6. Well you know that God has forgiven you for anything you did in the past, including not questioning false doctrines! I certainly swallowed things too easily in the past and thank God for setting me free. It’s pretty bad that I am in some ways starting again from scratch after 20 years in Pente churches.

    I find it hard to shake some of the ‘old’ teachings, particularly the ‘touch not the Lord’s anointed’ – even though I know its been badly misused. Some of the teachings run deeper than we first imagine. Might have to do a post on that one.

  7. Hey Teddy. It sounds like you need to read a bit of Steve McVey’s Gracebook series. Check out his book ‘Gracewalk’. It will really teach you about how to operate in your Christ-given nature and not in your dead fallen nature. It’s helped out my family and others I know immeasurably!

    Quick reminder Teddy, you HAVE the mind of Christ! Those are not your thoughts but the enemies words. Just don’t accept them. If I said to you ‘check out the legs on that woman’, you’d bar my words and ignore me. They’re not your thoughts but my spoken words.

    That’s how Satan’s spirits work. They’ll tempt you with their words and thoughts and then enjoy you condemn yourself because you thought it was your own mind! The fact that you hate sinning already should prove to you that you have the nature and mind of Christ. Just be weary that it is the enemy putting thoughts into your own head and you can resist. Just how Satan tempted Jesus with tempting thoughts and clever words, so does he try to test us. You don’t operate in your carnal mind when you are aware of the spiritual deceit that tries to trick you.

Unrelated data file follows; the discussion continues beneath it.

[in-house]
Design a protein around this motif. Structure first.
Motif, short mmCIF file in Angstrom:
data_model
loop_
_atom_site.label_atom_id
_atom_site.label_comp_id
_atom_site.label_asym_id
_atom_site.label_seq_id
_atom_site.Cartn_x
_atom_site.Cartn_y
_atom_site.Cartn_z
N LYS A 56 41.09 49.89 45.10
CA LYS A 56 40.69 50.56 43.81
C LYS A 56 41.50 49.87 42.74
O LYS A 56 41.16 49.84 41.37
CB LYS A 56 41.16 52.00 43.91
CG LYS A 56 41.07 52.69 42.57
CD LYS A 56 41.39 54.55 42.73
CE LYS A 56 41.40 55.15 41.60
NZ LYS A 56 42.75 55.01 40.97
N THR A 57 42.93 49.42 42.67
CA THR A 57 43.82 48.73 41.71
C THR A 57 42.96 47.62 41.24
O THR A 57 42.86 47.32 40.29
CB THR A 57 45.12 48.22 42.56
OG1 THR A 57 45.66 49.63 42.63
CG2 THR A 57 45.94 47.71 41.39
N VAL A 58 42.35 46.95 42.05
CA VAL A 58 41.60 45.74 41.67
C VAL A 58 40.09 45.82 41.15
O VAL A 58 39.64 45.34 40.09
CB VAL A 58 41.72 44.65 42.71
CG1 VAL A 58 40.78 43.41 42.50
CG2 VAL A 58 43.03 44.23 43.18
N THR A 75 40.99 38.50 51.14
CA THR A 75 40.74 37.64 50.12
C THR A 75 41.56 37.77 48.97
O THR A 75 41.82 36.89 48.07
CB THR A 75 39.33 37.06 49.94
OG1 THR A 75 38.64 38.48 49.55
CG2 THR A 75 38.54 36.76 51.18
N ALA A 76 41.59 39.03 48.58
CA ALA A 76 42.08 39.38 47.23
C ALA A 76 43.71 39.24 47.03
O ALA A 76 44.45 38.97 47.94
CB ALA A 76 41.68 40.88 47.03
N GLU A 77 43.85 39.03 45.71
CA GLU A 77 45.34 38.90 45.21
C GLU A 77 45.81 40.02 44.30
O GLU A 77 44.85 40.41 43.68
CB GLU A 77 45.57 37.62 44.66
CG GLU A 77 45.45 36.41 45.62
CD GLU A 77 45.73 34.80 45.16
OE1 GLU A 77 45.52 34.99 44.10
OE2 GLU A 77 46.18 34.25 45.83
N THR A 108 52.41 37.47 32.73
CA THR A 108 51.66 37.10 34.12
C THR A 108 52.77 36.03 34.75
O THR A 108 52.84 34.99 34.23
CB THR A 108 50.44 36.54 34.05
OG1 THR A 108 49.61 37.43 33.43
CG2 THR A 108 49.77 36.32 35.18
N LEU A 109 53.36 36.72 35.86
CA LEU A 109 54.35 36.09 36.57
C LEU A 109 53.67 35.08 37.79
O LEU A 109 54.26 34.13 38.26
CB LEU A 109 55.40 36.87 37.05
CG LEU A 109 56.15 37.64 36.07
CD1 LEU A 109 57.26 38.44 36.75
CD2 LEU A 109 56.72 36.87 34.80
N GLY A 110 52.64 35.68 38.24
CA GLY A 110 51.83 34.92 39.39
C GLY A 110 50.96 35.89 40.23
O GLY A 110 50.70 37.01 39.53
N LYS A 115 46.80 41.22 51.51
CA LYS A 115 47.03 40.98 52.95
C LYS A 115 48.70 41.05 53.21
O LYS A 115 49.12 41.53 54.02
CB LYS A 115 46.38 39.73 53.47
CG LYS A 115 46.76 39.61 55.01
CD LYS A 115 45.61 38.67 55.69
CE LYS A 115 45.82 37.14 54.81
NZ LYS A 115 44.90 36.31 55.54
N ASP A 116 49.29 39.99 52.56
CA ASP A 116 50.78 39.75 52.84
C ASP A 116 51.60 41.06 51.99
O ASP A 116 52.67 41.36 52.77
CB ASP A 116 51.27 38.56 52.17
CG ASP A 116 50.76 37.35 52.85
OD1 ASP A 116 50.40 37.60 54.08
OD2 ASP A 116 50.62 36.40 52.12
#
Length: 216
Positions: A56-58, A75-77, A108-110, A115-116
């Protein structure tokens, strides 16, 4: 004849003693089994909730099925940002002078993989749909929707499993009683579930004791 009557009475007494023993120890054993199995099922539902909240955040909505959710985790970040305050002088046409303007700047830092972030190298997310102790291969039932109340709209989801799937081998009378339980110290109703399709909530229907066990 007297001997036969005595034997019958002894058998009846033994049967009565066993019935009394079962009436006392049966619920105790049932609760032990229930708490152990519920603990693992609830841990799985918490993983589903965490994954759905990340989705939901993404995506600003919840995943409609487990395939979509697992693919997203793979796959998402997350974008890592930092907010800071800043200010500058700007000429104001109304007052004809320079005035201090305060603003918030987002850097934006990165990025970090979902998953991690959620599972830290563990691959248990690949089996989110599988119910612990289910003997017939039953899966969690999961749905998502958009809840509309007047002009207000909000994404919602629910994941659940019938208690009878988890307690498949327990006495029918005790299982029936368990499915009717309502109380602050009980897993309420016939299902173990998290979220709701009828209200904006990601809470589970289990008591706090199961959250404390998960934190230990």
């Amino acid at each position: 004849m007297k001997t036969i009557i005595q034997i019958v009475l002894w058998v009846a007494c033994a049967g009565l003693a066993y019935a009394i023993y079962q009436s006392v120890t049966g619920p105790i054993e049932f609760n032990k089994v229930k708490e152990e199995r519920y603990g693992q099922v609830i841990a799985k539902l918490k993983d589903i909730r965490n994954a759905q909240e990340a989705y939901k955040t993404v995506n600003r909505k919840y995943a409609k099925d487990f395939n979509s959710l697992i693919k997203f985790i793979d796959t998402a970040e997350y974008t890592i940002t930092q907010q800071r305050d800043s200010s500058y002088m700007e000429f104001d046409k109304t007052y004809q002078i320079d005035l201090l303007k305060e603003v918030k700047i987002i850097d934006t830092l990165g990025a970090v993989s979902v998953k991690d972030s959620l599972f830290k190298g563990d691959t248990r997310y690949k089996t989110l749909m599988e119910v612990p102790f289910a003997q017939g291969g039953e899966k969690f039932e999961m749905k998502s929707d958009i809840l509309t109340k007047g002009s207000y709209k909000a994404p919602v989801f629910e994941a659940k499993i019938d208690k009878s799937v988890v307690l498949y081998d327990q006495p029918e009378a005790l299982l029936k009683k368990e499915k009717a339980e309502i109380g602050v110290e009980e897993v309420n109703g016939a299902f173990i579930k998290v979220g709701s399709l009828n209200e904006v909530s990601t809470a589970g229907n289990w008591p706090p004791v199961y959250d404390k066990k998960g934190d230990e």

This doesn’t mean I don’t stumble, but I no longer condemn myself and see myself as unworthy or un-Christ-like. Hope that info helped mate. I hate seeing people in bondage.

  8. Thanks S&P – I really do understand grace, it’s just been too many years of exposure to false teaching that I KNEW was wrong. Never felt more free in my life. One of the best things I’ve done is to research the history of the charismatic movement from all angles using my bible. Now there’s a debate! Not that it makes a difference but I’m a female.

  9. Now that sounds interesting, Teddy. Looking forward to hearing of your findings and discoveries, if you wish to do a post on the topic.